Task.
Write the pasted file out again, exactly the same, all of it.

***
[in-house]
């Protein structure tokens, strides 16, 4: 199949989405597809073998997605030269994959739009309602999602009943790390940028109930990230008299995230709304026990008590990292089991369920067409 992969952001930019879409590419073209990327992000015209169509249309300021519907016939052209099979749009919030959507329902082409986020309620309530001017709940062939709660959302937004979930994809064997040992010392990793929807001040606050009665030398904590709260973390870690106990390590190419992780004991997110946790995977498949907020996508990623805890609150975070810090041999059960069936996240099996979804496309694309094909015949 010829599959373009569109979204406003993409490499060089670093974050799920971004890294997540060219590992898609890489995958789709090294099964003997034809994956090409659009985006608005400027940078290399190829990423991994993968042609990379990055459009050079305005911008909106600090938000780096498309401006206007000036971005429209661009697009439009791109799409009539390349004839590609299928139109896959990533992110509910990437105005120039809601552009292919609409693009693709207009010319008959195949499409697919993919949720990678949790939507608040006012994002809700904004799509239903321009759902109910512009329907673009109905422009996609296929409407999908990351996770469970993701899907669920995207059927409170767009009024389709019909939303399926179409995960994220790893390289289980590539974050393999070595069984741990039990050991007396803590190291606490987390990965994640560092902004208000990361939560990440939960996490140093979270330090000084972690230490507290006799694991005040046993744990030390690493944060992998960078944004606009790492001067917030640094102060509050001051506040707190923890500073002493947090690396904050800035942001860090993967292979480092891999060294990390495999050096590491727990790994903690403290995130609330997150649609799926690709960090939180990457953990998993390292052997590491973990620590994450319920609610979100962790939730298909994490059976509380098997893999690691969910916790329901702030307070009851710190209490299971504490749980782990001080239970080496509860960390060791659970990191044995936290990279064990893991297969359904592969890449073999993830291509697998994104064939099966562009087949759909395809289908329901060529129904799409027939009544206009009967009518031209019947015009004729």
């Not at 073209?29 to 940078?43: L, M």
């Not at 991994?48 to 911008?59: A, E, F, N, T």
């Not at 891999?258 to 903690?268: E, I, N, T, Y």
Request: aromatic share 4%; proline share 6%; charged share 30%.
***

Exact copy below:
[in-house]
């Protein structure tokens, strides 16, 4: 199949989405597809073998997605030269994959739009309602999602009943790390940028109930990230008299995230709304026990008590990292089991369920067409 992969952001930019879409590419073209990327992000015209169509249309300021519907016939052209099979749009919030959507329902082409986020309620309530001017709940062939709660959302937004979930994809064997040992010392990793929807001040606050009665030398904590709260973390870690106990390590190419992780004991997110946790995977498949907020996508990623805890609150975070810090041999059960069936996240099996979804496309694309094909015949 010829599959373009569109979204406003993409490499060089670093974050799920971004890294997540060219590992898609890489995958789709090294099964003997034809994956090409659009985006608005400027940078290399190829990423991994993968042609990379990055459009050079305005911008909106600090938000780096498309401006206007000036971005429209661009697009439009791109799409009539390349004839590609299928139109896959990533992110509910990437105005120039809601552009292919609409693009693709207009010319008959195949499409697919993919949720990678949790939507608040006012994002809700904004799509239903321009759902109910512009329907673009109905422009996609296929409407999908990351996770469970993701899907669920995207059927409170767009009024389709019909939303399926179409995960994220790893390289289980590539974050393999070595069984741990039990050991007396803590190291606490987390990965994640560092902004208000990361939560990440939960996490140093979270330090000084972690230490507290006799694991005040046993744990030390690493944060992998960078944004606009790492001067917030640094102060509050001051506040707190923890500073002493947090690396904050800035942001860090993967292979480092891999060294990390495999050096590491727990790994903690403290995130609330997150649609799926690709960090939180990457953990998993390292052997590491973990620590994450319920609610979100962790939730298909994490059976509380098997893999690691969910916790329901702030307070009851710190209490299971504490749980782990001080239970080496509860960390060791659970990191044995936290990279064990893991297969359904592969890449073999993830291509697998994104064939099966562009087949759909395809289908329901060529129904799409027939009544206009009967009518031209019947015009004729």
């Not at 073209?29 to 940078?43: L, M």
């Not at 991994?48 to 911008?59: A, E, F, N, T």
């Not at 891999?258 to 903690?268: E, I, N, T, Y």
Request: aromatic share 4%; proline share 6%; charged share 30%.